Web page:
Human Communication in a Digital Age: Perspectives on Interpersonal Communication in the Family

Ijeoma Onyeator, Ngozi Okpara


With the evolution of the digital era characterized by human-computer interaction, there has been a marked difference in the manner in which humans communicate. This revolution in patterns of communication from face-to-face interpersonal contact to human-machine communication is enabled by the affordances of technology. Using the family unit in Nigeria as a case study, this study examines the changes in one-on-one communication among family members, as a result of constant engagement with digital technologies. It conceptualizes the family as a unit comprising two or more persons living together who are related by blood, marriage, adoption or social affiliation. The survey research design was adopted, and structured questionnaires were administered on 370 respondents in the 37 local council development areas of Lagos state, south west Nigeria. Findings indicate that most family members lose interest in communicating interpersonally with each other due to constant engagement with technologies. The study also finds that reduced cues and non-self-disclosure often pulls family members apart rather than bringing them close together. Key recommendations include that strong family relationships should transcend the mere acquisition of digital competencies, tools and technologies. It suggests that the attributes at the core of humanness should not be lost as a result of constant engagement with communication technologies.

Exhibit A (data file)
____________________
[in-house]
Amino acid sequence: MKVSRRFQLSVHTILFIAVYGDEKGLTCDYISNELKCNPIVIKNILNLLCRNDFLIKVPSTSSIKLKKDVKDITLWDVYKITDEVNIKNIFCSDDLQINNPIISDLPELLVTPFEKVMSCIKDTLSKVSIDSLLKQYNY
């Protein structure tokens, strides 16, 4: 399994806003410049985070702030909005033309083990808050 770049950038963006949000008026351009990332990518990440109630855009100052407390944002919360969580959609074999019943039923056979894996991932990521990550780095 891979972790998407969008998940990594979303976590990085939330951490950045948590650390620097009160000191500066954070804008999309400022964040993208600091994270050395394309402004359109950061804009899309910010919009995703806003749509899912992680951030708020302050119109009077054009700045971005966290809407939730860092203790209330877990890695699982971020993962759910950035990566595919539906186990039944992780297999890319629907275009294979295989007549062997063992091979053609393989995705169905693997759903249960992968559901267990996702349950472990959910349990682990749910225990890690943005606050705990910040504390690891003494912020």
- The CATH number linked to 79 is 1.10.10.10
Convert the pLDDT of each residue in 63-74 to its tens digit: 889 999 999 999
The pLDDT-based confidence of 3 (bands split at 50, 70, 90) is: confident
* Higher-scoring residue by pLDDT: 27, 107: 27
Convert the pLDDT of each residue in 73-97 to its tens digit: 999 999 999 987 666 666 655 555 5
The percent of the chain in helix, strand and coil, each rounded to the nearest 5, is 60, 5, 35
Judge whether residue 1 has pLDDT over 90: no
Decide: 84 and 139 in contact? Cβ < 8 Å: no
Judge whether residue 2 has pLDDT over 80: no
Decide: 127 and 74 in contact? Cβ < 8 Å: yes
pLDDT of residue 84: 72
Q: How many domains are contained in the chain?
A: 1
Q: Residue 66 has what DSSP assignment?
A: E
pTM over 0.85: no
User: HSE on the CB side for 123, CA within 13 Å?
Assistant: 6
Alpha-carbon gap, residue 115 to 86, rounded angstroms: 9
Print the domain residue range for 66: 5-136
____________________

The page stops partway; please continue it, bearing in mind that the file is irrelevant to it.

Keywords: human communication, humanness, digital communication, communication devices, digital age.

DOI: 10.7176/NMMC/78-06

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